Liechtenstein

 

Liechtenstein is a small and highly industrialized country in Europe. Its gross domestic product (GDP) per capita ranks among the world’s highest. The capital is Vaduz.

German is the official language of Liechtenstein, but a dialect of German called Alamannic is commonly spoken. Approximately 74% of the population is Roman Catholic and about 8% is Protestant.

Liechtenstein is a constitutional monarchy governed by a hereditary prince, who serves as head of state. Legislative power is exercised by the unicameral parliament called the Landtag, made up of 25 members elected by universal adult suffrage. On the recommendation of parliament, the prince appoints a chief of government and four councilors who form the government. Since 1919, Switzerland has represented Liechtenstein diplomatically.

 

 

Vineyard in Vaduz, capital of Liechtenstein. Vaduz is a town situated along the banks of the Rhine in the west central part of the country. It is home to the State Art Museum, which displays some of the art collected by Liechtenstein’s princes over the centuries. Also located in Vaduz is the Postage Stamp Museum, which showcases the hundreds of colorful stamps issued by the principality. The castle of the prince of Liechtenstein stands on a bluff high above the town.

The nearby community of Schaan is Liechtenstein’s largest town.

 

Vaduz

 

The modern history of Liechtenstein dates from 1719, when the Liechtenstein family of Austria consolidated its control of the feudal territories of Vaduz and Schellenberg. The family united the territories as the principality of Liechtenstein under the Holy Roman Empire. Following the collapse of the Holy Roman Empire, in 1806, Liechtenstein was briefly occupied by the armies of French emperor Napoleon I.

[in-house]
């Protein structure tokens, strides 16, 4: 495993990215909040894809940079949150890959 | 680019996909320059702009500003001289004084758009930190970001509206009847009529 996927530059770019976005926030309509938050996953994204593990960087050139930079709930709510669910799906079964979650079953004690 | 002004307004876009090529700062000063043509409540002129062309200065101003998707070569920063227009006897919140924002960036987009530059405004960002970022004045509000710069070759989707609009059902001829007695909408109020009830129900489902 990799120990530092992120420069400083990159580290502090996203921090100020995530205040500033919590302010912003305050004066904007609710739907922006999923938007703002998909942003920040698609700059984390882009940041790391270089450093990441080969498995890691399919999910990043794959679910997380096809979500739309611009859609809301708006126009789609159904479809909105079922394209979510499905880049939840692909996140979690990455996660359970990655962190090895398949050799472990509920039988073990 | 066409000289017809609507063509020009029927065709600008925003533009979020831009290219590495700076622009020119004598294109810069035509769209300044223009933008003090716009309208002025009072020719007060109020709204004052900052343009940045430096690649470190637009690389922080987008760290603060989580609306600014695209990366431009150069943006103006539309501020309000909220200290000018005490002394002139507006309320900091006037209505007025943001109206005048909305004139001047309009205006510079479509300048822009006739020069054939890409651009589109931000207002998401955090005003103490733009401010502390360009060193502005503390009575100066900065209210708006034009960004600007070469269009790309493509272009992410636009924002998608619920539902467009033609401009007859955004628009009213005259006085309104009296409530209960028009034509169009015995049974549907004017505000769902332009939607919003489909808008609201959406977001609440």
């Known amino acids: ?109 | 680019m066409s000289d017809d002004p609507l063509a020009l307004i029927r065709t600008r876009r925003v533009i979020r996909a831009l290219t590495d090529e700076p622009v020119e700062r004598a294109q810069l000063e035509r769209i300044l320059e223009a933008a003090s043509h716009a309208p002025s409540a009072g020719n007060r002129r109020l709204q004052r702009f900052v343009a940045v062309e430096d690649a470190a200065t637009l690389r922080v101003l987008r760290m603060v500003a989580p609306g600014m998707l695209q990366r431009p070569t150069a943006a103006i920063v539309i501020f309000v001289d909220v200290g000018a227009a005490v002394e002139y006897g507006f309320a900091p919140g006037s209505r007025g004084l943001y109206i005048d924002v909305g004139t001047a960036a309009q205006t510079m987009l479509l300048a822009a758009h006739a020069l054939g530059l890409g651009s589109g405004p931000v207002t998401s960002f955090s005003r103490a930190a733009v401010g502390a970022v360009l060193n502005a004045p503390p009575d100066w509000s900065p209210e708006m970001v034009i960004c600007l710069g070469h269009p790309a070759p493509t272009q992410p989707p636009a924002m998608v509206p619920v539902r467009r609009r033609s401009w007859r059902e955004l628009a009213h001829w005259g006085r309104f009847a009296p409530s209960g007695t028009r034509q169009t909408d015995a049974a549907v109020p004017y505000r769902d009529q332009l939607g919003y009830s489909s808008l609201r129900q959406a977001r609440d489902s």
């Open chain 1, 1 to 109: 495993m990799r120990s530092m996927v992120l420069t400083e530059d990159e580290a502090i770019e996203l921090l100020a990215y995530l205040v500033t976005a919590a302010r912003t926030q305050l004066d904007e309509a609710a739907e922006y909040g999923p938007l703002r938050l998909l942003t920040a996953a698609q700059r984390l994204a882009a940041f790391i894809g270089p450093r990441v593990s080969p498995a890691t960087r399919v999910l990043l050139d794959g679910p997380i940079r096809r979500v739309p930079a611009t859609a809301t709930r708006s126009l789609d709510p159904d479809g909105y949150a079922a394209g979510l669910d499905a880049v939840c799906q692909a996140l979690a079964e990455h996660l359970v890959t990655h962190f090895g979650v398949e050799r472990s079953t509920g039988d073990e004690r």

In 1815 Liechtenstein became a member of the German Confederation. When the confederation dissolved in 1866, following the Seven Weeks’ War, Liechtenstein became independent. After the war, the Habsburg monarchy, with which Liechtenstein remained closely allied, continued to represent Liechtenstein’s interests abroad. In 1868 Liechtenstein declared its permanent neutrality and disbanded its army.

When the Habsburg monarchy was abolished after WWI (1914-1918), Liechtenstein developed close connections with neutral Switzerland. In 1919, Liechtenstein gave Switzerland authority over its diplomatic relations. It adopted the Swiss currency in 1921 and in 1924 joined with Switzerland in a customs union.

Prince Franz Joseph II, who became Liechtenstein’s monarch, in 1938, yielded executive authority in 1984 to his son and heir, Crown Prince Hans Adam II. Hans Adam succeeded his father in 1989. Liechtenstein joined the United Nations in 1990.

More: Liechtenstein map

 

Travel and Tourist Guide, European country.

 

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